In FIGS. 7 and 8 a bimetallic element 24 is biased to a concave position as indicated by an annular spring 25 which is urged in a rotative direction as indicated by 53 arrows in FIG. 8. The spring rests in an annular guide 26 and 27 indicates the wall holding abutment. When the bimetallic element 24 is subjected to temperature changes to cause its expansion it will move after it overcomes the biasing force of the spring 25 to a position at which the force of the spring 25 thereafter aids the movement to cause a rapid flexing thereof. This arrangement of mechanism may be employed in apparatus as indicated in the other embodiments.
In FIG. 9 there is indicated an arrangement of an interrupter of a blinker of a thermal fuse or of a flipping switch. A bimetallic element 28 is secured at 29 and its free end is connected with a bent leaf spring 30. The leaf spring 3% is supported in bearings 31 and biases the end of a bimetallic element 28 which is held at one end in a support 29. Its free end is provided with a control contact 32 which coacts with a stationary contact 33 connected to a suitable current supply. At the other side of the bimetallic element there is provided an insulation extension 34 which causes contact of two switching contacts 35 and 36 upon heating of the bimetallic element 28 by means of a heating coil 37 to close the contact of the circuit. In this procedure the contacts 32 and 33 are open so that the circuit of the heating coil 37 is interrupted. The bimetallic element 28 is therefore cooled again to assume its starting position wherein the contacts 32 and 33 are closed while the contacts 35 and 36 are open.
In FIGS. 10 and 11 there is another embodiment of the thermal power mechanism as indicated for an electric thermal fuse or thermal flipping switch. A bimetallic element 38 is secured at one side and carries at its free end a switch contact 39. In a punched out central or window portion 41 of the element 38 a tension spring 42 is provided which is hooked at each end at 4-3 and 44. The switch contact 45 cooperates with a counter contact 41). The heat energy which is necessary for the operation of the device is supplied either by its electric resistance heat or by radiating heat. It is also possible to utilize the bimetallic element proper as an electric resistance conductor which is heated when the current flows through it. Morever, there is a possibility of arranging the device in a hot air current so that when a certain temperature has been reached the contacts 39 and 40 will be instantly opened or closed.
In FIG. 12 the thermal mechanism is employed for driving a pump generally designated 46. The operation of the pump 46 is similar to the operation of the pump 94 and includes a diaphragm 51 which is reciprocated by means of a shaft 59 to cause fluid movement through a chamber 120 as indicated by the arrow. Flexing of the shaft is accomplished by means of a bimetallic element 48 which is actuated near a resistance heater 47. A flipping switch 52 is provided with a contact 121 which cooperates with a contact 122 in accordance with the position of the bimetallic element 48. The switch 52 controls a circuit for the heating coil 47 and downward movement of the bimetallic element 48 causes the closing of the circuit and the heating of the bimetallic element to cause it to move upwardly against and interrupt the circuit, and so forth.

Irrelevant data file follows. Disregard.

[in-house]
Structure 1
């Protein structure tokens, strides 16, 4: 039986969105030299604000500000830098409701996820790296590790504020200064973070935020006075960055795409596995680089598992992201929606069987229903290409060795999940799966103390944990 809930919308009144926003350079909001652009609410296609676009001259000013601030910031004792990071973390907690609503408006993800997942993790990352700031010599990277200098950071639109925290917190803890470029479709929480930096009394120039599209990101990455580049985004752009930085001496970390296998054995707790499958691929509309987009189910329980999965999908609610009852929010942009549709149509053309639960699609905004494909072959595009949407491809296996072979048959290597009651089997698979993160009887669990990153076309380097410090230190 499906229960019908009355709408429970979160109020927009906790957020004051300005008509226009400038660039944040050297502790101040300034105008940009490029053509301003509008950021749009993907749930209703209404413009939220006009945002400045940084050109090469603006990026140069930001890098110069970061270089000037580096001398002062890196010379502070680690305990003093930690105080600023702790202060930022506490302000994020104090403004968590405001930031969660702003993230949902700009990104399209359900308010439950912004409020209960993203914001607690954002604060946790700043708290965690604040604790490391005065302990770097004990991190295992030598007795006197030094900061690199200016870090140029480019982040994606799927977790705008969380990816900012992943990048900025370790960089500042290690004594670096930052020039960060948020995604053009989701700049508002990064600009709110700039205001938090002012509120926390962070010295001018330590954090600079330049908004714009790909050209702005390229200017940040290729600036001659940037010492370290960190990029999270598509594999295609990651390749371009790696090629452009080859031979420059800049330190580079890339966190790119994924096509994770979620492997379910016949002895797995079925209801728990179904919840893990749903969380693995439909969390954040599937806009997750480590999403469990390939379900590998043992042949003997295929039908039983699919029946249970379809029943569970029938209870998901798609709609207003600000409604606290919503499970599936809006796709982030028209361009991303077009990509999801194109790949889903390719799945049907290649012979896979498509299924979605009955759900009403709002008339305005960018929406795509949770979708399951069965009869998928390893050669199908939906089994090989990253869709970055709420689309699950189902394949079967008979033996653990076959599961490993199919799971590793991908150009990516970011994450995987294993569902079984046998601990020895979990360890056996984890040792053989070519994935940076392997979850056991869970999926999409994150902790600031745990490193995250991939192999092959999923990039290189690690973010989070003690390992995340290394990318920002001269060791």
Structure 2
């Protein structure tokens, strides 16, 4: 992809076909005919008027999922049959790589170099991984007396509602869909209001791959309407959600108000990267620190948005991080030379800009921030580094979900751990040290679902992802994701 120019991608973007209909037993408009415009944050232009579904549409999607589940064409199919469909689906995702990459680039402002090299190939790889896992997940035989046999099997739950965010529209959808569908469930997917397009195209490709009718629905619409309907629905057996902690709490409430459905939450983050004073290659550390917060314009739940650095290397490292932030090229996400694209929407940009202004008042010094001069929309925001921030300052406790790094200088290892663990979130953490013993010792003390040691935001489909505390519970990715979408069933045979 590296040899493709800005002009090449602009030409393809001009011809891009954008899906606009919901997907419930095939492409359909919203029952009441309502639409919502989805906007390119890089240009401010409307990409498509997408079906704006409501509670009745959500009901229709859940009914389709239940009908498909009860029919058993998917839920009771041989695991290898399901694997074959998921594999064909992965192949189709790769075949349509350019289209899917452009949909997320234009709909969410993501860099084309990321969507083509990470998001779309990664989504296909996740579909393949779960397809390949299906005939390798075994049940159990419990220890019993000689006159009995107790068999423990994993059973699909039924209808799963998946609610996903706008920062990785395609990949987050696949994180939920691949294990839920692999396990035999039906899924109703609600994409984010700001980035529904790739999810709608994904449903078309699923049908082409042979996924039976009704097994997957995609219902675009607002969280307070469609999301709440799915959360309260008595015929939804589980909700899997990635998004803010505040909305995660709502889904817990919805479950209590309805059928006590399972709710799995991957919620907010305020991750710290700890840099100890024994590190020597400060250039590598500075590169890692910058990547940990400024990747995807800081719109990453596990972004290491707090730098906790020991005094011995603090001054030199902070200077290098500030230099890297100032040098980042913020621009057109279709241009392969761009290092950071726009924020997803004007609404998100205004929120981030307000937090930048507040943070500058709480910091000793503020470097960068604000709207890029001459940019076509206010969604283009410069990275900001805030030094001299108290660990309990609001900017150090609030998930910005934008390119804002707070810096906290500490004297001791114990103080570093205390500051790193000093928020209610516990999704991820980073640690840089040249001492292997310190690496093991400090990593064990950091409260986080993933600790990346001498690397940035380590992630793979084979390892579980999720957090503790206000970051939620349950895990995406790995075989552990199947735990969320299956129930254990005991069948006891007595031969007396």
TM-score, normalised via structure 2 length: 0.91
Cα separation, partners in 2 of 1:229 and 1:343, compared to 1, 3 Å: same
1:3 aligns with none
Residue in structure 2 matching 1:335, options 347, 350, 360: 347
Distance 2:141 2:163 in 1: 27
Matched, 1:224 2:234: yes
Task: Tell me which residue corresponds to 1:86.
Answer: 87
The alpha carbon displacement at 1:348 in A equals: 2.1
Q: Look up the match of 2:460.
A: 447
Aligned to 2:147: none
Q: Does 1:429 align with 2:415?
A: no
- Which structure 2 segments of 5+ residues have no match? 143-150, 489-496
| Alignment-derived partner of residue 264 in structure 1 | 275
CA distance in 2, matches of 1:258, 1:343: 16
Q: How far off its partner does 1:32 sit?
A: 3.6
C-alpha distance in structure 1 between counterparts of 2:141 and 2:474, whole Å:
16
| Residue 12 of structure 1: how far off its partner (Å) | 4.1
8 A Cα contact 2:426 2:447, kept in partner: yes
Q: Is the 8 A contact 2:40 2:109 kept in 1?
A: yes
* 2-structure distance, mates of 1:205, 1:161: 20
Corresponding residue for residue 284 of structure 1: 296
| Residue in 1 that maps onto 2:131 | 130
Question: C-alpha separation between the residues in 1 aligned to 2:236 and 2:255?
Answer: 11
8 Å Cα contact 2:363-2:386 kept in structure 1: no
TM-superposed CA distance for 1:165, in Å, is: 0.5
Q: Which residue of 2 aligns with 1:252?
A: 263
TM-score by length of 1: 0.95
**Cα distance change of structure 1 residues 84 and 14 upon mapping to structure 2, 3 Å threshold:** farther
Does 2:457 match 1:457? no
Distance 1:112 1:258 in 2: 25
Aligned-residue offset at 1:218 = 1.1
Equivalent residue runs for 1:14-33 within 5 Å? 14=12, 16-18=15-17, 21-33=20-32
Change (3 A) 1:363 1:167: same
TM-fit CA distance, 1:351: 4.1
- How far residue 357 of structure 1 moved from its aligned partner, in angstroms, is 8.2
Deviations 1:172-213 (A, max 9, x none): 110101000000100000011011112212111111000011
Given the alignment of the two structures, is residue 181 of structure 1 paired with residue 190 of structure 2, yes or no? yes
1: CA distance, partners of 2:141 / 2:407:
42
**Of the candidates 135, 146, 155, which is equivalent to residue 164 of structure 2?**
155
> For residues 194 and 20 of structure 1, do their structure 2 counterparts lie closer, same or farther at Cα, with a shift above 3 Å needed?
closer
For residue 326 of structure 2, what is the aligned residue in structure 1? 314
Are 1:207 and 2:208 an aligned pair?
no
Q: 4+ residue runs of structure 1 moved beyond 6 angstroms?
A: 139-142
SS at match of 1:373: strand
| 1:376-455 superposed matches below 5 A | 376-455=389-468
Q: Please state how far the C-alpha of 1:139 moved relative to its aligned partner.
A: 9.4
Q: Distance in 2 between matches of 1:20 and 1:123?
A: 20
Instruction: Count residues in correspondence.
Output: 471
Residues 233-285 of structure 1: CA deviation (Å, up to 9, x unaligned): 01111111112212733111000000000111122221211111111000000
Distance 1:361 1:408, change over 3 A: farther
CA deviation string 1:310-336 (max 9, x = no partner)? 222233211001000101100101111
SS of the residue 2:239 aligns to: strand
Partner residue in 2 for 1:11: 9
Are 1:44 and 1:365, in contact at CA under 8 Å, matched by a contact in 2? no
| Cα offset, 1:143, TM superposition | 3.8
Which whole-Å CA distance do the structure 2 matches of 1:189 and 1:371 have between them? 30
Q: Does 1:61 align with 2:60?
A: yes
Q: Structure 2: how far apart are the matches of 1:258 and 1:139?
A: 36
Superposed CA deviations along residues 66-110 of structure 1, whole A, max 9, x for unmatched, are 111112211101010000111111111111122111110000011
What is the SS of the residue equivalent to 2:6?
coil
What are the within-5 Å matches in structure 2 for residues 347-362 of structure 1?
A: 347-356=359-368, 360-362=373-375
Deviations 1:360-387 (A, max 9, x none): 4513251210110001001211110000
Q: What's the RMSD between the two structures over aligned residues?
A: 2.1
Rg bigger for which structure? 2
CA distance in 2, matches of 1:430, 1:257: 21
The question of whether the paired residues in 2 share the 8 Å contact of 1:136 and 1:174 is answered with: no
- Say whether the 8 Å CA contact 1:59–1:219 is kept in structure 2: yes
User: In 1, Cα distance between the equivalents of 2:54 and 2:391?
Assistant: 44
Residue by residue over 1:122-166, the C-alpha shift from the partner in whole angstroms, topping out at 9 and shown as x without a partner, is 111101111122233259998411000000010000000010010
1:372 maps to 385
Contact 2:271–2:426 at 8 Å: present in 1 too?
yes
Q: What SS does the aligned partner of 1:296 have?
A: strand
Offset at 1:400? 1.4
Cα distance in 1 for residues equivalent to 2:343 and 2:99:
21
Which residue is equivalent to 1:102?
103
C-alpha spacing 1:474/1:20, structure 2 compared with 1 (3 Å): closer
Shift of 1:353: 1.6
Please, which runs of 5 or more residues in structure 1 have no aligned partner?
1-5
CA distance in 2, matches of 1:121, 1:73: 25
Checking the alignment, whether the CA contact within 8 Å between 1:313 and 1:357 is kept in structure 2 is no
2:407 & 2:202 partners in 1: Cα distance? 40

In FIG. 13 a modification of the apparatus indicated in FIG. 12 is indicated. Instead of a heating coil 47 a collecting lens 5'3 is provided which concentrates the heat of the heating source and directs it through a diaphragm 54 onto the bimetallic element 4-8. The end of the piston rod 59 acts during the to and fro movement as indicated by the arrows on a slide or valve 55 which opens the diaphragm against the pressure of a spring 56 and thereafter closes again to intermittently cut oil the heating focused on the bimetallic element 48. In this embodiment the thermal power effected operates the pump 46.
In FIG. 14 there is indicated a water tank or reservoir 57 having a valve generally designated 123 terminating in a discharge conduit 56 having an internal valve feed which is closed by a movable member 124. The movable member 124 is carried on a bimetallic element 58 which is biased by a U-shaped spring 125 in the manner of the previous embodiments. Changes of temperature of the liquid in the tank 57 causes actuation of the movable valve portion 124.
In FIG. 15 there is indicated a bimetallic element power mechanism which is arranged to drive a clock 61 through gearing 6t). The mechanism includes the usual bimetallic element 5% which is heated by a coil 126 supplied from a power supply circuit having an open contact 127 which is closed when the bimetallic element 59 is flexed upwardly to bring a contact portion 128 at the end of coil 126 into contact with the coil 127. Movement of the bimetallic element in accordance with the heating of the coil 126 is sufliciently regular to produce a reciprocating motion transmitted to racks 129 to drive the gearing 60 and effect accurate time indications by the clock 61.